Oat production in Canada increased 21 per cent between 2018 and 2019, according to Statistics Canada. This increase is due, in part, to higher harvested area, but also to record yields. And since markets remain stable and strong, and the average provincial price of oats in the Prairie provinces is currently strong, interest will likely continue to grow.
To improve yields, good agronomy is key, says Manitoba Agriculture cereals specialist Anne Kirk. Good crop rotation is crucial, and farmers should avoid planting cereal on cereal, she says.
Good weed management is also important to ensuring high yields. Growers should assess fields carefully to determine where wild oat pressure is most prevalent, says Kirk. Avoid planting in fields with wild oat hotspots, she adds.
Producers who are growing milling quality oats should make sure they are choosing miller-recommended varieties. Grain Millers Canada, a Saskatchewan-based oat processor, for example, has created a recommended variety list to help producers choose varieties that will give them the best chance of meeting their specifications.
Watch nitrogen rates and lodging
Lodging can reduce the movement of carbohydrates in the plant, which results in decreased test weight. Therefore, not as many carbohydrates make their way up to the seed, Kirk explains. Excessive nitrogen can lead to lodging, as can poor variety selection. If farmers are worried about lodging in oats, Kirk suggests choosing a shorter variety.
Fertility is also critical in oats. Growers should make sure they are not over- or under-fertilizing.
“If the nitrogen rate is too high, it can increase lodging and also decrease test weight and the amount of plumps,” says Kirk. “One of the big tips for farmers is to manage lodging, as that is one of the primary factors for poor-quality oats.”
The recommendation for oats is 100 pounds of nitrogen per acre. “You’d have to consider what’s currently in the soil and available for the plants, and then top up to equal 100 pounds of nitrogen per acre,” she says.
For oats, plant population is important, too. Kirk recommends farmers aim for 18–25 plants per square foot.
“Calculate seeding rates to take into consideration the germination of your oats,” she says. “Also, estimate seedling mortality, and then know how big that seed size is. Seed size can vary a lot. It’s important that farmers include seed size in their planting calculations.”
Finally, Kirk recommends looking closely at disease resistance, particularly varieties with resistance packages for crown rust, which can be devastating in a bad year.
Balance yield and test weight
Mitchell Japp, a cereals specialist for the Saskatchewan Ministry of Agriculture says Bill May’s work at Agriculture and Agri-Food Canada has been integral to helping growers optimize yield while meeting test weight requirements.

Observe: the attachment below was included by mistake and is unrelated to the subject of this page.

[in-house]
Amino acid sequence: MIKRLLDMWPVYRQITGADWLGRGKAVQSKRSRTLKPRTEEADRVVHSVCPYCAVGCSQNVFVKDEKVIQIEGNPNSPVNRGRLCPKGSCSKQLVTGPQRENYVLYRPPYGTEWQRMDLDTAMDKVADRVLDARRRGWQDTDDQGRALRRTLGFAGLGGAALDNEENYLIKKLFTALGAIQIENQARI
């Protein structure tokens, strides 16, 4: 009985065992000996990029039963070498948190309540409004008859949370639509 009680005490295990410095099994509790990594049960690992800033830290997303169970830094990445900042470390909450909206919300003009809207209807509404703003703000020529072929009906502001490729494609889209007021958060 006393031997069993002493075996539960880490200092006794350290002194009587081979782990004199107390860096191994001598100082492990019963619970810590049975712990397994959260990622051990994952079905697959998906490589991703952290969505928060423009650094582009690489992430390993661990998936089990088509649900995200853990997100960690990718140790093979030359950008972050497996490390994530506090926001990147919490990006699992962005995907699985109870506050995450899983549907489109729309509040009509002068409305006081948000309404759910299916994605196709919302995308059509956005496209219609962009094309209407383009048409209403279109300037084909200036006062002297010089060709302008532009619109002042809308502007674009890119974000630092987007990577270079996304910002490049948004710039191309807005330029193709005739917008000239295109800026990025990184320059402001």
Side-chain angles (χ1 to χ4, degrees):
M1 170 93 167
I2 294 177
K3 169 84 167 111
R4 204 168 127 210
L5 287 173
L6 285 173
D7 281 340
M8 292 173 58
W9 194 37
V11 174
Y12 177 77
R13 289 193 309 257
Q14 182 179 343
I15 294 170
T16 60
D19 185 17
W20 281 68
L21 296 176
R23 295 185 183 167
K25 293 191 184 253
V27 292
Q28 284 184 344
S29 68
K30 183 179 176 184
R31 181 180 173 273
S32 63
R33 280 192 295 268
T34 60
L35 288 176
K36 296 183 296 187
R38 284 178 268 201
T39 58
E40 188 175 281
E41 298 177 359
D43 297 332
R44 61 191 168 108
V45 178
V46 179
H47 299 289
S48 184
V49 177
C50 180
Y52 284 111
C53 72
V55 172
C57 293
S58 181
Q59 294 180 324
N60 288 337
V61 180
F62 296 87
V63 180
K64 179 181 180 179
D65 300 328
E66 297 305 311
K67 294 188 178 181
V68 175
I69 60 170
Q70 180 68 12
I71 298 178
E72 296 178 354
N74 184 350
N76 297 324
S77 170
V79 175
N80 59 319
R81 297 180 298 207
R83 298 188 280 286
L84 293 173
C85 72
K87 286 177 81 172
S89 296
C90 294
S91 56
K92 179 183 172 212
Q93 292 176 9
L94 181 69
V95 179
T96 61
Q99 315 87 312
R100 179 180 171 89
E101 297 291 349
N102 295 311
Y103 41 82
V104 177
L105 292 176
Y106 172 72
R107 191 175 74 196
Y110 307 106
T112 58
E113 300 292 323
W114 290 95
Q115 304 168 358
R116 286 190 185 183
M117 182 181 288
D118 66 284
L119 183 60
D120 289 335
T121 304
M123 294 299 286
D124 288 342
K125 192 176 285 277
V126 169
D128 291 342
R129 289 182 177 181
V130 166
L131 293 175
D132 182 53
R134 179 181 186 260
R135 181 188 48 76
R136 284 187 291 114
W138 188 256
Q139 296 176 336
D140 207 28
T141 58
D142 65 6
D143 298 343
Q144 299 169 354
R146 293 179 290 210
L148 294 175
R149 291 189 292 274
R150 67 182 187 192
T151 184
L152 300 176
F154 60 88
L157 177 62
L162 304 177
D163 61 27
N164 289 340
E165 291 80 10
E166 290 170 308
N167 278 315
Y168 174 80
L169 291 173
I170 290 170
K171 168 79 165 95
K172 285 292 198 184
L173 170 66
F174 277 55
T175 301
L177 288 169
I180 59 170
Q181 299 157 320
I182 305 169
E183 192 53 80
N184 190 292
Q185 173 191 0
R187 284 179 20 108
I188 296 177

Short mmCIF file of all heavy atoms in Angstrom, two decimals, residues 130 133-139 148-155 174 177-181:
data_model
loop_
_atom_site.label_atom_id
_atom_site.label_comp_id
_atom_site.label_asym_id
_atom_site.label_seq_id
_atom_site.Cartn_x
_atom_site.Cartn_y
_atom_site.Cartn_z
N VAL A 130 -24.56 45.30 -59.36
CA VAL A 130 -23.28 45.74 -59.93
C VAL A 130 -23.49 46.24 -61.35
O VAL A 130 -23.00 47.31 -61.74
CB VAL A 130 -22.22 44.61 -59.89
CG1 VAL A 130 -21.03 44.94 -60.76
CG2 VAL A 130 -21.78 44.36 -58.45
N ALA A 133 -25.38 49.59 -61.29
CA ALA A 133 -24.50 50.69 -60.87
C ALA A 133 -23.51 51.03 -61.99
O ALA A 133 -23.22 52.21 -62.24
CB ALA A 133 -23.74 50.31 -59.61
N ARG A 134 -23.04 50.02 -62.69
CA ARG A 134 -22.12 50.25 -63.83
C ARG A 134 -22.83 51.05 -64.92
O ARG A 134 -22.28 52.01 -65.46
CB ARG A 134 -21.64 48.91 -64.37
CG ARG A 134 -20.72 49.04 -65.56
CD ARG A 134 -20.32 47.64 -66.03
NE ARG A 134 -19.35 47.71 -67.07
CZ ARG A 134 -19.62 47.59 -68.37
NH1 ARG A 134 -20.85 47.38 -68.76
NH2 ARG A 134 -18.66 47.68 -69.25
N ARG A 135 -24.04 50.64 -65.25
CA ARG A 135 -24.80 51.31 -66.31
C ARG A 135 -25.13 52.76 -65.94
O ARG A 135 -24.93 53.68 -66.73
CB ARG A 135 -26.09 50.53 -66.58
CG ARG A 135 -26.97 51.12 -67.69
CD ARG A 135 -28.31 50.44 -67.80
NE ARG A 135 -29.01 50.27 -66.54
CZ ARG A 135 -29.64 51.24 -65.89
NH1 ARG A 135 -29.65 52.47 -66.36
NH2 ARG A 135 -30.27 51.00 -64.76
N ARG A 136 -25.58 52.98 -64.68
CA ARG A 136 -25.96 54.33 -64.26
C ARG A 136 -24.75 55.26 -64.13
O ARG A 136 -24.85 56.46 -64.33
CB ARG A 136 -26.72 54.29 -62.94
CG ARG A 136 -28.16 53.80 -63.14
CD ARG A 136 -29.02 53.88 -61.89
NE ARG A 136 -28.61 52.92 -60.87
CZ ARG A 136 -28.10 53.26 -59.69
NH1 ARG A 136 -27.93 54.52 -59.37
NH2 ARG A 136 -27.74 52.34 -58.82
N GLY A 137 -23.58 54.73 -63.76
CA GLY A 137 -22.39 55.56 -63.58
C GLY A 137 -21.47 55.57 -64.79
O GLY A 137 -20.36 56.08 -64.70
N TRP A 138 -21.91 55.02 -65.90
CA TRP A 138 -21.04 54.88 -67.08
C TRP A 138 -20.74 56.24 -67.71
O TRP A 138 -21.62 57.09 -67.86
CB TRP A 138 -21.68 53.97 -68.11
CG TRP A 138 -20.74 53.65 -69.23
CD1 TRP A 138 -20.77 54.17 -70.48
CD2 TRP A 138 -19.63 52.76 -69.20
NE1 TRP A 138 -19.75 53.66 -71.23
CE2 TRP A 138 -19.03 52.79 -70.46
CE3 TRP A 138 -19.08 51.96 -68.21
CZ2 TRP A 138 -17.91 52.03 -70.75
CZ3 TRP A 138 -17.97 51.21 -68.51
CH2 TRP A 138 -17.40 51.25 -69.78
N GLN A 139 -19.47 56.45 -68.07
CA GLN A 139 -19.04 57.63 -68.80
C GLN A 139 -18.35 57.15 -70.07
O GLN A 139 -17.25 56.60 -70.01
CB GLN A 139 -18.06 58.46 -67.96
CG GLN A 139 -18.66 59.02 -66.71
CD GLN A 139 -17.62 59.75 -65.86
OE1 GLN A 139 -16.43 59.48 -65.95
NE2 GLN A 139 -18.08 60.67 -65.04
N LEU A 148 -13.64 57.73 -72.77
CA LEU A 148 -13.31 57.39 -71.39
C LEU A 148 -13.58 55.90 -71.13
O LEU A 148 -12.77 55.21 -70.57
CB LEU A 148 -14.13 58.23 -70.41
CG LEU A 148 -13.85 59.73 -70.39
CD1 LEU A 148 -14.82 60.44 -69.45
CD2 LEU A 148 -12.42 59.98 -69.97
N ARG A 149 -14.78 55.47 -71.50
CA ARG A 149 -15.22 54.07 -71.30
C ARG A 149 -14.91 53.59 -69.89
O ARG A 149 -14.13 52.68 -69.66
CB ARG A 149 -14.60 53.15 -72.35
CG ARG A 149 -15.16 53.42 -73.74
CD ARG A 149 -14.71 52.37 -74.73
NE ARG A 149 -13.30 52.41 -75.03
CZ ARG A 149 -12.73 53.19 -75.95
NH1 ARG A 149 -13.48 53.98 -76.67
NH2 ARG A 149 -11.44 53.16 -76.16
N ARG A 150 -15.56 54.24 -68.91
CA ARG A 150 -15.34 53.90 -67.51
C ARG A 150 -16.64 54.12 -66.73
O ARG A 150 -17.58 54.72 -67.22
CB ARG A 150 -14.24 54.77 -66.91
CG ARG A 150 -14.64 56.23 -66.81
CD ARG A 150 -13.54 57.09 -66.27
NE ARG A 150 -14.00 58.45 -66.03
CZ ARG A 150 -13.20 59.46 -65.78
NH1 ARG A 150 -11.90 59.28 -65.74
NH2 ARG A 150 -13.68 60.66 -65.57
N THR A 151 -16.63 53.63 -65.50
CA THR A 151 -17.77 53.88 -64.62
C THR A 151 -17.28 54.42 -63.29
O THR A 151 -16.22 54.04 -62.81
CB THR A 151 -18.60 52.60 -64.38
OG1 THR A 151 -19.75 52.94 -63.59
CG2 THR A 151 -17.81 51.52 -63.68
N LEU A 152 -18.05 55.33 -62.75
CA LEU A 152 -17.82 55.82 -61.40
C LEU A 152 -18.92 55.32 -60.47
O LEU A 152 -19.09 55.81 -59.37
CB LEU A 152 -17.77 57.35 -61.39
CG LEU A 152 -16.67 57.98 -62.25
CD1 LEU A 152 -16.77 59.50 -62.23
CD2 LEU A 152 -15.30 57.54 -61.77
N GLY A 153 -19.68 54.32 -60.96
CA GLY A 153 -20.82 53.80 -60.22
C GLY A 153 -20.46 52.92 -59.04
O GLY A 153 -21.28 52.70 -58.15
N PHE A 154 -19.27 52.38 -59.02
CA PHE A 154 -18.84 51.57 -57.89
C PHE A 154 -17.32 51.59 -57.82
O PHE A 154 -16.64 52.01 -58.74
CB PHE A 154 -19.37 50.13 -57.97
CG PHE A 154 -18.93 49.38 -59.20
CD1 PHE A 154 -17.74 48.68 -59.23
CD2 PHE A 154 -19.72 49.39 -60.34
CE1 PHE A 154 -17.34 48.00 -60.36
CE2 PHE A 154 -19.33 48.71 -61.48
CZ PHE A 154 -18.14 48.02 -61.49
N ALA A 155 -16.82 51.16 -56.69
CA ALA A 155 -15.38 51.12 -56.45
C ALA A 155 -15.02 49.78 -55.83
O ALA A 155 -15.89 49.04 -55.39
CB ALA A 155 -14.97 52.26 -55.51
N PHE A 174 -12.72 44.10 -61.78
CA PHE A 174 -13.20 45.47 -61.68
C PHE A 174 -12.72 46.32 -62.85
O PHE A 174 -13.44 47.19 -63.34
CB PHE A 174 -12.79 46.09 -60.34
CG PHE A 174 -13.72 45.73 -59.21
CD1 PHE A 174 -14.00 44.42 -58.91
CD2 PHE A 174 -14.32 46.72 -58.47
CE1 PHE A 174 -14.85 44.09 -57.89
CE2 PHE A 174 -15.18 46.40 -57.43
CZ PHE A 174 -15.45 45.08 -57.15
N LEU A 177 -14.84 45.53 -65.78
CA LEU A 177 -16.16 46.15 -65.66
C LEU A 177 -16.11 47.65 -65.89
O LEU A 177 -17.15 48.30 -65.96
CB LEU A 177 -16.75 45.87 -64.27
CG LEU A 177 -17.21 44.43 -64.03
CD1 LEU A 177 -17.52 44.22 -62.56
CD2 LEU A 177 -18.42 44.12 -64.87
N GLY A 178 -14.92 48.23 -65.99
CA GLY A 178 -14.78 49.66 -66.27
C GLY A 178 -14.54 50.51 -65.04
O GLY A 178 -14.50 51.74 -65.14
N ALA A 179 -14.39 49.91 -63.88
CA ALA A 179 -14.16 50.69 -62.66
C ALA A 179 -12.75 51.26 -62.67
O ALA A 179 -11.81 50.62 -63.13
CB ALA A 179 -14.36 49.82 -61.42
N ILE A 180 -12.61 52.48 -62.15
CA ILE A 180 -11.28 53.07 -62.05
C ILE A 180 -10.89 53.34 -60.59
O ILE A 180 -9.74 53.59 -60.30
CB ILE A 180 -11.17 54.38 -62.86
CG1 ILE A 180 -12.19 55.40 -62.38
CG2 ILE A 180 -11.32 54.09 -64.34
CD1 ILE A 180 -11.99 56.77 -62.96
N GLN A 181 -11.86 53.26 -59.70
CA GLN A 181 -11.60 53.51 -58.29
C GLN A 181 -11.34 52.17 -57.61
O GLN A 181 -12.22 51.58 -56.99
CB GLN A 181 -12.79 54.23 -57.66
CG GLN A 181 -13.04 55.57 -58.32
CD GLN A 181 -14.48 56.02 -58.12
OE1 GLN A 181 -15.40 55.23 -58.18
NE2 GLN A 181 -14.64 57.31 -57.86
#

“Generally, I think test weight is able to be maintained fairly well, but as nitrogen rates climb, test weight decreases,” says Japp. “It’s trying to find that balance between the high yield you’re looking for and maintaining the test weight you need to be able to get milling quality.”
Finding that sweet spot is dependent on a number of factors, including what crops were previously in the ground, fertility and tillage practices.
In terms of improving quality, Japp says variety selection is key. And improving quality goes hand in hand with improving yield. Better straw strength, for instance, reduces lodging incidents and allows growers to push nitrogen a little bit higher, which could push yield.
Research shows early seeding will increase yield, test weight and plump, says Japp.
May’s work also shows that bumping the seeding rate to 350 plants per square metre could help suppress wild oats, says Japp.
“But you’re better off to do good field selection at the start, choosing one where wild oats are well managed, for growing milling oats,” he says.
Because growers get increased yield, test weight and plump at the earlier seeding date, they are able to apply more nitrogen, says Japp. Doing so can boost yield without sacrificing too much on test weight and plump, he says.
Fertility beyond nitrogen is important, too. To get an idea of what’s already in the soil, Japp suggests getting a soil test. Oats are big sulphur users, and potassium is important for adequate plant growth, especially for supporting straw strength. Low potassium increases the likelihood of lodging.
Finally, for milling quality, millers want sound oat kernels that aren’t de-hulled. For this reason, come harvest, it’s important to ensure combine settings aren’t too vigorous for handling the crop.